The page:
Uncertainty, unemployment, and inflation
Heightened uncertainty acts like a decline in aggregate demand because it depresses economic activity and holds down inflation. Policymakers typically try to counter uncertainty's economic effects by easing the stance of monetary policy. But, in the recent recession and recovery, nominal interest rates have been near zero and couldn't be lowered further. Consequently, uncertainty has reduced economic activity more than in previous recessions. Higher uncertainty is estimated to have lifted the U.S. unemployment rate by at least one percentage point since early 2008.
Volume (Year): (2012)
Issue (Month): sep17 ()
|Contact details of provider:|| Postal: P.O. Box 7702, San Francisco, CA 94120-7702|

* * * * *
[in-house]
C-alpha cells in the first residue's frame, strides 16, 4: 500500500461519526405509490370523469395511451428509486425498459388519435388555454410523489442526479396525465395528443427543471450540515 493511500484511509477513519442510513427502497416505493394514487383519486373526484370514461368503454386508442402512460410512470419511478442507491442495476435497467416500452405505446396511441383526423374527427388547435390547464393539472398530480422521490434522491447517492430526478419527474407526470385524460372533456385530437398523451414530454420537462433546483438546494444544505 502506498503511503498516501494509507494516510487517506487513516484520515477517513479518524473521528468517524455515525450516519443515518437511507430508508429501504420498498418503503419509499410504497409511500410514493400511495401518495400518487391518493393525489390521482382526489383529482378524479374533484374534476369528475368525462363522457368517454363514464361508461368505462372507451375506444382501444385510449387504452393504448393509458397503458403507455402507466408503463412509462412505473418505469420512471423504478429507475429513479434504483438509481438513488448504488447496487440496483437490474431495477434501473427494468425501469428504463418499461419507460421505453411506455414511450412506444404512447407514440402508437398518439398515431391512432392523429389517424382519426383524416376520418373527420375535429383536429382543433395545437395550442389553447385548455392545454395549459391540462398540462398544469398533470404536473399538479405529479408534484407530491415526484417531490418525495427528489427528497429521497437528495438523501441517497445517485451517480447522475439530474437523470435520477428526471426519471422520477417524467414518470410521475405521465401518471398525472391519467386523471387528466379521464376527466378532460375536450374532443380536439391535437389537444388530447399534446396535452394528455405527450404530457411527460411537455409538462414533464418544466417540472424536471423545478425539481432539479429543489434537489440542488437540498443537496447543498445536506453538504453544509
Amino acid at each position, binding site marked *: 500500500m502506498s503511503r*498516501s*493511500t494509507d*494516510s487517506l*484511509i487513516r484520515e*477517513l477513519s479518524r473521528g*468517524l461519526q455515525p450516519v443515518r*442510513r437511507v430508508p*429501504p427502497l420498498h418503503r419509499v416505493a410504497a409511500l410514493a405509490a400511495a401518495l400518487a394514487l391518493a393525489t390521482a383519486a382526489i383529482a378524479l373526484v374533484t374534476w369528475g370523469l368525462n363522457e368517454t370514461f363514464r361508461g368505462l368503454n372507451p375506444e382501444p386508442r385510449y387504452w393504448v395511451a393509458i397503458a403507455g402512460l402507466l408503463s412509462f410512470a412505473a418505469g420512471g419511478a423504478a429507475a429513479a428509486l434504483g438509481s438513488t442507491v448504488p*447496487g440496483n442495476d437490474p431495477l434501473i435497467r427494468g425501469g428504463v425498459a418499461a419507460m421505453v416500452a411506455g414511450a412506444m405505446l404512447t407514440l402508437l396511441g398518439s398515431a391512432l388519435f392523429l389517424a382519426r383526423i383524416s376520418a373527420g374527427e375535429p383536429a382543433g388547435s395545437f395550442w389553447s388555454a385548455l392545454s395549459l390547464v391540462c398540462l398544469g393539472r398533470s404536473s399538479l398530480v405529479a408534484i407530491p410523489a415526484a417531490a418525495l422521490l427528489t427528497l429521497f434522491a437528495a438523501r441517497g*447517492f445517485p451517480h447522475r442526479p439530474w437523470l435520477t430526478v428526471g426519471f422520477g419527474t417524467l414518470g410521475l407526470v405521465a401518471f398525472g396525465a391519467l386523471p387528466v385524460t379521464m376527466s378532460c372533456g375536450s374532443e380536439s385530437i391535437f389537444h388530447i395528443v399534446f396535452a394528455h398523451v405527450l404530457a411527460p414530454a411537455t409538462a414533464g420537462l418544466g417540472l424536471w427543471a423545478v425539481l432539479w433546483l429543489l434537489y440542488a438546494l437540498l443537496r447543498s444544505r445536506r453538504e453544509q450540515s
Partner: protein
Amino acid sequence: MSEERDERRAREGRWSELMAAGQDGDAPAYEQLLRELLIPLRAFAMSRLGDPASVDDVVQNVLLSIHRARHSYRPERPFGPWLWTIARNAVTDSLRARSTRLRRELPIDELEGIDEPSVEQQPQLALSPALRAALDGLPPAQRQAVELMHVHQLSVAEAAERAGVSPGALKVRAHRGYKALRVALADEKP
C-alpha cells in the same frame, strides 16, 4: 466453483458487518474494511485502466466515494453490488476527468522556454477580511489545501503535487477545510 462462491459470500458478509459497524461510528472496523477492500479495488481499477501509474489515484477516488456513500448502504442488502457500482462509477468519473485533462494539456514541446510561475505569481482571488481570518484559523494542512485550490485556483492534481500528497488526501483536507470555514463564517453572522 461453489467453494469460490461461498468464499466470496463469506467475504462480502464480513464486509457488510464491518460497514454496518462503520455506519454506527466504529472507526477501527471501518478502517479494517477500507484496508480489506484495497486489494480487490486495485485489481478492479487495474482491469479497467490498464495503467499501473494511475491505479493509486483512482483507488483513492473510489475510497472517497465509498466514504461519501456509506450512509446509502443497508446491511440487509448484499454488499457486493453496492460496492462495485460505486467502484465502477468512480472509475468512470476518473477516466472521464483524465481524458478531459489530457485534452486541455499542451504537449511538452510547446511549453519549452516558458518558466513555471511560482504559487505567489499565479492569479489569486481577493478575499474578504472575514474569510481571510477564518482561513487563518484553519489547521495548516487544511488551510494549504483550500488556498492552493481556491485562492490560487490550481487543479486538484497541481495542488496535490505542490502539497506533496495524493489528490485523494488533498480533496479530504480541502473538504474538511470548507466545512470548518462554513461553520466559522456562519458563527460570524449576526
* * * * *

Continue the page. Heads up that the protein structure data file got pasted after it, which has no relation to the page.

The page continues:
Phone: (415) 974-2000
Fax: (415) 974-3333
Web page: http://www.frbsf.org/
More information through EDIRC
|Order Information:|| Email: |
References listed on IDEAS
Please report citation or reference errors to , or , if you are the registered author of the cited work, log in to your RePEc Author Service profile, click on "citations" and make appropriate adjustments.:
- Leduc, Sylvain & Liu, Zheng, 2016.
"Uncertainty shocks are aggregate demand shocks,"
Journal of Monetary Economics,
Elsevier, vol. 82(C), pages 20-35.
- Sylvain Leduc & Zheng Liu, 2012. "Uncertainty shocks are aggregate demand shocks," Working Paper Series 2012-10, Federal Reserve Bank of San Francisco.
- Zheng Liu & Sylvain Leduc, 2013. "Uncertainty Shocks Are Aggregate Demand Shocks," 2013 Meeting Papers 270, Society for Economic Dynamics.